Colorado Faulted for Hep C Notification in Surgical Tech Outbreak

In the days before the news broke about Kristen Diane Parker’s alleged swapping of sterile Fentanyl syringes with dirty—potentially hepatitis C-contaminated—saline-filled syringes, the Colorado state health department was apparently fully aware of Parker’s criminal activities at the Rose Medical Center. Four days before Parker, 26, was barred from working as a surgical tech at Audubon Surgery Center, said the Denver Post, officials knew that Parker was feeding her addiction and potentially endangering countless patients.

Parker, who faces federal criminal charges for her alleged conduct, worked at Rose from Oct. 21 to April 13 and at Colorado Springs’ Audubon Surgery Center from May 4 until June 29. Parker worked at Christus St. John Hospital outside Houston, Texas between May 2005 and Oct. 2006, the Associated Press (AP) previously reported and at Northern Westchester Hospital in New York’s Mount Kisco between Oct. 8, 2007, and Feb. 28, 2008.

According to the Denver Post, Parker admitting to her drug swapping activities on June 22 and health officials warned Parker to only handle nonsurgical assignments on June 23. Health officials did not advise her employer at the time, Audubon Surgery Center, said the Denver Post, and Parker was at work on June 23 in a “floating pool,” which placed her in proximity of surgical patients.

Parker was again interviewed after her shift on June 23, when the state discovered that Parker had surgical contact; the state advised her to report in sick on June 24-25 which, according to Ned Calonge, the state’s chief medical officer, she did, reported the Denver Post. According to Calonge, the state implemented an “unprecedented” public health order, which broke confidentiality, singled Parker out individually, and prevented her from further contact with patients and medications, said the Denver Post.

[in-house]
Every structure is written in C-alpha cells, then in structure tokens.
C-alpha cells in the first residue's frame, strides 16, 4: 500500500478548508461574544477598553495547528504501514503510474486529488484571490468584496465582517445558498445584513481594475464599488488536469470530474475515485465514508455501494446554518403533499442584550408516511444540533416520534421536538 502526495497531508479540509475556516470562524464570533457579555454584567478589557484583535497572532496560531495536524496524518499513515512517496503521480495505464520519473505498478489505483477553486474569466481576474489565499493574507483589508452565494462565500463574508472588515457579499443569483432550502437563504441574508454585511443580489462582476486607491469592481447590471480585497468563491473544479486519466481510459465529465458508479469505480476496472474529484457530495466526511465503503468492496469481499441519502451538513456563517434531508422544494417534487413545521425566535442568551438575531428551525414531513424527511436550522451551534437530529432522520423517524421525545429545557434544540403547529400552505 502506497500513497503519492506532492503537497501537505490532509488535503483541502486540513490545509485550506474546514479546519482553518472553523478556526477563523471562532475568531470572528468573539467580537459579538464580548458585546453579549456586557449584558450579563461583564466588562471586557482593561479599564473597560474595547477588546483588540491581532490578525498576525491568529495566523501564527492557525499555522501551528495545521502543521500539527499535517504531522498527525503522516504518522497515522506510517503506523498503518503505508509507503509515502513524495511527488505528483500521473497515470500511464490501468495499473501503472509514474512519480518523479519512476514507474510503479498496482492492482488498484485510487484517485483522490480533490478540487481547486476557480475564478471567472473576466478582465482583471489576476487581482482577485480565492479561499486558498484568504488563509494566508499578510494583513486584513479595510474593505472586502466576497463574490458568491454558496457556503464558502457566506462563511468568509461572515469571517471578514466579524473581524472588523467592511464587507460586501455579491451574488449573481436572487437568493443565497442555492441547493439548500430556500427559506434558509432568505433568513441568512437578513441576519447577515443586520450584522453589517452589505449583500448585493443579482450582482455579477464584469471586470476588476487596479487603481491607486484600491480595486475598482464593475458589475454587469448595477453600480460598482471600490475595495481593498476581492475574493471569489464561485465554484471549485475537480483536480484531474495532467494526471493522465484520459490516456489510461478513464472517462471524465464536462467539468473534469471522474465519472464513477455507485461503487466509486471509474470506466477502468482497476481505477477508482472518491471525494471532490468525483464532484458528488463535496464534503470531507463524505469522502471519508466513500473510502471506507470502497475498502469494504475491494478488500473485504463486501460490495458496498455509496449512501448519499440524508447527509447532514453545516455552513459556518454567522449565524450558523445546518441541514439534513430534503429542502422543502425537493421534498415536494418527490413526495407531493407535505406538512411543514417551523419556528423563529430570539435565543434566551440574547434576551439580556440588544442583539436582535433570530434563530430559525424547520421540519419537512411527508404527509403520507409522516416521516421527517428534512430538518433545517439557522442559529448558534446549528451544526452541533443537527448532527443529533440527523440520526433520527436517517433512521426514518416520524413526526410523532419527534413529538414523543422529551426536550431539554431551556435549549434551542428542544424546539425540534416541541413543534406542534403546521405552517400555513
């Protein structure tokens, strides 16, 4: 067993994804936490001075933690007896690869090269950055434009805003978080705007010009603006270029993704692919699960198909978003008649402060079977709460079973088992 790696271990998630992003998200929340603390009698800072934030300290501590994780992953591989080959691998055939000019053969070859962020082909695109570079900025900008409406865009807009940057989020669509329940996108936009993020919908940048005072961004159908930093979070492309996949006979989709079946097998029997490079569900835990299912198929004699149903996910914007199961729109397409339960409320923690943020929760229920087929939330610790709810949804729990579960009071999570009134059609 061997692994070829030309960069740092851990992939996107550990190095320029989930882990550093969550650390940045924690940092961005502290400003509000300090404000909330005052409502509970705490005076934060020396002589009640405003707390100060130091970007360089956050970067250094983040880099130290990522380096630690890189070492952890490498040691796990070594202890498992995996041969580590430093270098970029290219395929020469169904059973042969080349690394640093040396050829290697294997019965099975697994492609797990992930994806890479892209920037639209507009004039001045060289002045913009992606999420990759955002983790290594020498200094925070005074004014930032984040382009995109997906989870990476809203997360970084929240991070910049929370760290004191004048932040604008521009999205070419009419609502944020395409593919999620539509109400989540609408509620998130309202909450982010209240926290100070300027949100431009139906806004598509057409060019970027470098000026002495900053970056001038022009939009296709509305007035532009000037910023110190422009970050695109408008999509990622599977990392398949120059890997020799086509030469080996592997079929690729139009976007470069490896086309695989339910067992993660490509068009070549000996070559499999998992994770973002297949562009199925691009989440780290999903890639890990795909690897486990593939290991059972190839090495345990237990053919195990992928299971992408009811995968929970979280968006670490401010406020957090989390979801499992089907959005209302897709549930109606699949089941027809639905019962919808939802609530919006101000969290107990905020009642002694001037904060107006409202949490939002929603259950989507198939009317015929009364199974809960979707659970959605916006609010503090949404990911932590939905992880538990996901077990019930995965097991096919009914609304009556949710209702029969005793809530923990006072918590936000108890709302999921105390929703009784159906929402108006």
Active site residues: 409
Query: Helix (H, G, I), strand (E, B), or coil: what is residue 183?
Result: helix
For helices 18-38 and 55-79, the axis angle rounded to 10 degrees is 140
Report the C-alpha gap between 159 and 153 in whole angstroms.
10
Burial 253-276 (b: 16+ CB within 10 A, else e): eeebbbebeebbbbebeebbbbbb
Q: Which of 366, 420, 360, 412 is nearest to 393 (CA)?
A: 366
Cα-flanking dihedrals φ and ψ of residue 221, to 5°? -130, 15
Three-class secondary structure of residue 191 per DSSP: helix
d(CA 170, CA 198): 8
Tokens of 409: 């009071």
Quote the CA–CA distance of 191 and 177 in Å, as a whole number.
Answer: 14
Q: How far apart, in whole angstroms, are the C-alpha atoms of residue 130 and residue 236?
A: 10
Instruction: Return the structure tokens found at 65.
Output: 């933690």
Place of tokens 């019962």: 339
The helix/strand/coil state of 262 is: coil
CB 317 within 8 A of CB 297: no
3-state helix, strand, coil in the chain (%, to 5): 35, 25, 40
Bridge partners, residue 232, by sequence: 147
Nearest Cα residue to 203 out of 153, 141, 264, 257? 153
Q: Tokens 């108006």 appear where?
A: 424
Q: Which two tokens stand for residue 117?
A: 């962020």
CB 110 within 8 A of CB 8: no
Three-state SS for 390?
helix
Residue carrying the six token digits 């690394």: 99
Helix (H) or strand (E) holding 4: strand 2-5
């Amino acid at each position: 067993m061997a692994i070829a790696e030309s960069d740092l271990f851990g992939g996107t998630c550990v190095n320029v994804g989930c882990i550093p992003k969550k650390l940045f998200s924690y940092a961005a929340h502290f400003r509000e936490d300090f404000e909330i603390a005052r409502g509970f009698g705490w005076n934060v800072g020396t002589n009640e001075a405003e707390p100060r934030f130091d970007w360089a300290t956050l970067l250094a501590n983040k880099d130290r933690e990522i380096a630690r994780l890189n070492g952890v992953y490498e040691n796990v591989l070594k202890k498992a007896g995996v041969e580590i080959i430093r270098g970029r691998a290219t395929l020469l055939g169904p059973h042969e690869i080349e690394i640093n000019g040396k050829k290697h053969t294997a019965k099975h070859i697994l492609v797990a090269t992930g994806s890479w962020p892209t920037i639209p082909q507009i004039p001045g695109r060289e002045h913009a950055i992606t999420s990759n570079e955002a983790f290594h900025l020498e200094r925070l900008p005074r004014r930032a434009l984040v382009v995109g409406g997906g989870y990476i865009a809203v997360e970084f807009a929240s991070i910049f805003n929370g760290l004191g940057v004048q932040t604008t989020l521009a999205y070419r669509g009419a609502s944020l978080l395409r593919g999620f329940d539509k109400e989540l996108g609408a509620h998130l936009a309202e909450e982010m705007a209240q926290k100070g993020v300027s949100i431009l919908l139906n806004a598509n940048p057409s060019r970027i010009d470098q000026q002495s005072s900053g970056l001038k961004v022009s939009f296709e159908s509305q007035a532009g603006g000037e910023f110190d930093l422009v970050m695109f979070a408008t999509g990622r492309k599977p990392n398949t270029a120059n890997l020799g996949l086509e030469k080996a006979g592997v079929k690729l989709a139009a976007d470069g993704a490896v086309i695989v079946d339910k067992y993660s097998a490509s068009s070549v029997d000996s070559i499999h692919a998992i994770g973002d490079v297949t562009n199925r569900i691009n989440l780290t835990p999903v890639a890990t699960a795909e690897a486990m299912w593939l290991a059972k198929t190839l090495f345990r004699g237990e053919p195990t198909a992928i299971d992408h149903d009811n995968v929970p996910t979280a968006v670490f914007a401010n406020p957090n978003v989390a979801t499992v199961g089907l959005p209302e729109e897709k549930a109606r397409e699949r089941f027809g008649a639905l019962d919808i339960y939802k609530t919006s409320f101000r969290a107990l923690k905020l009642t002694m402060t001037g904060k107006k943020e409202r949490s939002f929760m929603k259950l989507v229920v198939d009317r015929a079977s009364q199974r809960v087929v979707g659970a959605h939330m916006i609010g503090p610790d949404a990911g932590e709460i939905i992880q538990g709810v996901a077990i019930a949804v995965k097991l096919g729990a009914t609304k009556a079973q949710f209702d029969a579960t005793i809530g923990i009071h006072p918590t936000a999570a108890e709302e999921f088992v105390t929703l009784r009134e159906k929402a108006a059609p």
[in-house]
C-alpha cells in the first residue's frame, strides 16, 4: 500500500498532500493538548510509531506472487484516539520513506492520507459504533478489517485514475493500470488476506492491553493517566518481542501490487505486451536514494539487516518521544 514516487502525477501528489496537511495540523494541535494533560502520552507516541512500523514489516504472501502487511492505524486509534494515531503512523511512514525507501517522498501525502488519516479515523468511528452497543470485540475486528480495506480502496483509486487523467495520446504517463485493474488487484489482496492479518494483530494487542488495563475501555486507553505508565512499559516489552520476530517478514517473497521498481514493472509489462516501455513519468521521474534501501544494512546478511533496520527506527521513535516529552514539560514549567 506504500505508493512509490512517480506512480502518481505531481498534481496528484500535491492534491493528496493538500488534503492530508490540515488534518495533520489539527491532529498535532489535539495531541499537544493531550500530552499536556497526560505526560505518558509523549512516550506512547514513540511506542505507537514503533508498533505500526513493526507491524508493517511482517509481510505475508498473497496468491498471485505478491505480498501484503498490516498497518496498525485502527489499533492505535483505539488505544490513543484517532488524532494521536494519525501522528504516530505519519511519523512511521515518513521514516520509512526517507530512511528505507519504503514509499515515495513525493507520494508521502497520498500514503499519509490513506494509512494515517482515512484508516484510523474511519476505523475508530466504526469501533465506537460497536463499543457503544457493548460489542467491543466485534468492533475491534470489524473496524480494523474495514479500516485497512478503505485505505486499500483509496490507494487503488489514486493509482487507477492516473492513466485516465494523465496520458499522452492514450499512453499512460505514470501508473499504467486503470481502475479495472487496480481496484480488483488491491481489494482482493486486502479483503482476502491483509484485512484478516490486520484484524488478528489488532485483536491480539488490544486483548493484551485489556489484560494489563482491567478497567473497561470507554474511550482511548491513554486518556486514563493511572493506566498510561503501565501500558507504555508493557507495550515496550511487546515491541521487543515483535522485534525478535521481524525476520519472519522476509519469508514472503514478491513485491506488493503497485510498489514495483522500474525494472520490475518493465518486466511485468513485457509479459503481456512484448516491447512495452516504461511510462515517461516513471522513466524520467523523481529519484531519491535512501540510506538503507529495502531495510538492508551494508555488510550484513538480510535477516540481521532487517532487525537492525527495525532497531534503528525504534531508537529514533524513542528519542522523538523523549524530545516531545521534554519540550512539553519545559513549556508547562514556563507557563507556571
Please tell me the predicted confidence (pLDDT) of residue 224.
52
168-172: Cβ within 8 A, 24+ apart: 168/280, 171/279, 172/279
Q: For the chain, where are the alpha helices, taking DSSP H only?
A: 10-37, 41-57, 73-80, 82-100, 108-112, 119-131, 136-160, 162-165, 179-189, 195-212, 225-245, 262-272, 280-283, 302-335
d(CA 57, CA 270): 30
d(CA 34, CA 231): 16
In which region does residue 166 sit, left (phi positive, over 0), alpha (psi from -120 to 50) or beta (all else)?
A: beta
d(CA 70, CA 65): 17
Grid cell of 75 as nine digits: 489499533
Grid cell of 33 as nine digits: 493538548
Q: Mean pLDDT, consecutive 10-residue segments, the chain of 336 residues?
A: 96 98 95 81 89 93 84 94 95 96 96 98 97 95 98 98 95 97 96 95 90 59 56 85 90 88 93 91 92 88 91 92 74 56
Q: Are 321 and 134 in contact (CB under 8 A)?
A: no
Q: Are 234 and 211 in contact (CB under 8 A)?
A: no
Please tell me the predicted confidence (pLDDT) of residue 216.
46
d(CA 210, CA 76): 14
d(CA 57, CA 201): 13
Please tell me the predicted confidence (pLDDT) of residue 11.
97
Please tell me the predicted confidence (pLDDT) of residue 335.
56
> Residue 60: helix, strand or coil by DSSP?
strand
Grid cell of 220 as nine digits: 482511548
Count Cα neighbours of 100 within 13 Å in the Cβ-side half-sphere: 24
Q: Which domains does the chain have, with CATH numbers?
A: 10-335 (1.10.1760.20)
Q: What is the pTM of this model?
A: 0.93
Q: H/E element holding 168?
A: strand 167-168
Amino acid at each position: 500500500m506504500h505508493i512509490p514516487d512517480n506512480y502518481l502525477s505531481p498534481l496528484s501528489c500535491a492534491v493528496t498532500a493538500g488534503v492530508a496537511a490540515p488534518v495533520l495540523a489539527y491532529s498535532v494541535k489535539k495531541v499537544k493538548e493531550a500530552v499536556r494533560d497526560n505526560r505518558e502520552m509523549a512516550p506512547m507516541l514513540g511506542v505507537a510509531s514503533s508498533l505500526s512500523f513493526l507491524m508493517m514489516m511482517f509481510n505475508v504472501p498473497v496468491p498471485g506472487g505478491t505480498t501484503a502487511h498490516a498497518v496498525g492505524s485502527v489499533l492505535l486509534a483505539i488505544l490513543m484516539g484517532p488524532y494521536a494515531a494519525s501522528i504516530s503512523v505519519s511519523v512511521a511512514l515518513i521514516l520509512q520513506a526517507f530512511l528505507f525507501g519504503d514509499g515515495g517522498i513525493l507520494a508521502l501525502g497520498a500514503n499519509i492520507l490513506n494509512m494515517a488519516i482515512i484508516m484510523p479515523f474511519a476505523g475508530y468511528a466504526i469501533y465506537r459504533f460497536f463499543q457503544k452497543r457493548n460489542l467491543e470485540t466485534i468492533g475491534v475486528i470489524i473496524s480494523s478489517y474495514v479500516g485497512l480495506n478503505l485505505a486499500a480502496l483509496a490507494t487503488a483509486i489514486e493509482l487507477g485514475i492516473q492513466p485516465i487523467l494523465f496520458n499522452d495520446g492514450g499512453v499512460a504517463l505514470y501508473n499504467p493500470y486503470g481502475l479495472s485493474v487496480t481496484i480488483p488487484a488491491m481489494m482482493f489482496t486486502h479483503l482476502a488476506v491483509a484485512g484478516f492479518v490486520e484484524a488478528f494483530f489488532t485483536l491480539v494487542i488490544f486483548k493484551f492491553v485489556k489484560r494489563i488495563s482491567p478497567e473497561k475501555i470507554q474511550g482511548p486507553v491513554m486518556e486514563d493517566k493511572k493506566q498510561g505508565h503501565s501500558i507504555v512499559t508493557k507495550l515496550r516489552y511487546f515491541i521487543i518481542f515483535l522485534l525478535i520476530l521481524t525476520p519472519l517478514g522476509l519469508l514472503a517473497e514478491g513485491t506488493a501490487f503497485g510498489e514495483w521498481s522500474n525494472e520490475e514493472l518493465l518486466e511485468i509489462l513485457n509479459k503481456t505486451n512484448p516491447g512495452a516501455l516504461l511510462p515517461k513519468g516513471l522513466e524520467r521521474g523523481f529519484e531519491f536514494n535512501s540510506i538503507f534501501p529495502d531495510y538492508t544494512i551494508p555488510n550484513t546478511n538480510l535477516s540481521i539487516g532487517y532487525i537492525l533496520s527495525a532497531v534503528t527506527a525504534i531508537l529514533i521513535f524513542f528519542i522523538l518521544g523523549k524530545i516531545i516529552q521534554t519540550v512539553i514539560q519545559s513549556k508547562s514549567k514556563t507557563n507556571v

According to Audubon, it did not receive that order until June 26, which was the first time it received any news about issues with Parker, said the Denver Post. Parker was arrested June 30.

The Associated Press (AP) previously reported that Parker tested positive for hepatitis C before she began working at Rose, but that Parker never followed-up on the diagnosis. A federal magistrate has since ordered Parker jailed without bond, saying she switched the needles even though she knew she had hepatitis C, the AP said.

News broke late last week that Parker was fired from the New York location in 2008, said the Denver Post; the reason remains undisclosed. It is unknown if Parker was positive for hepatitis C when she worked in New York.

<"">Hepatitis C is spread by contact with infected body fluids, especially blood. The disease attacks the liver, and can lead to cirrhosis or cancer of the liver. There is no vaccine for hepatitis C and the disease can be fatal. The disease is incurable, but can be treated.

As we wrote previously, officials in Colorado are looking at a proposal to license and maintain oversight on surgical technicians. The proposal had been rejected but is receiving new light in the wake of the scandal that has expanded to two other states and has a victim toll that recently rose to 11, said the Denver Post.

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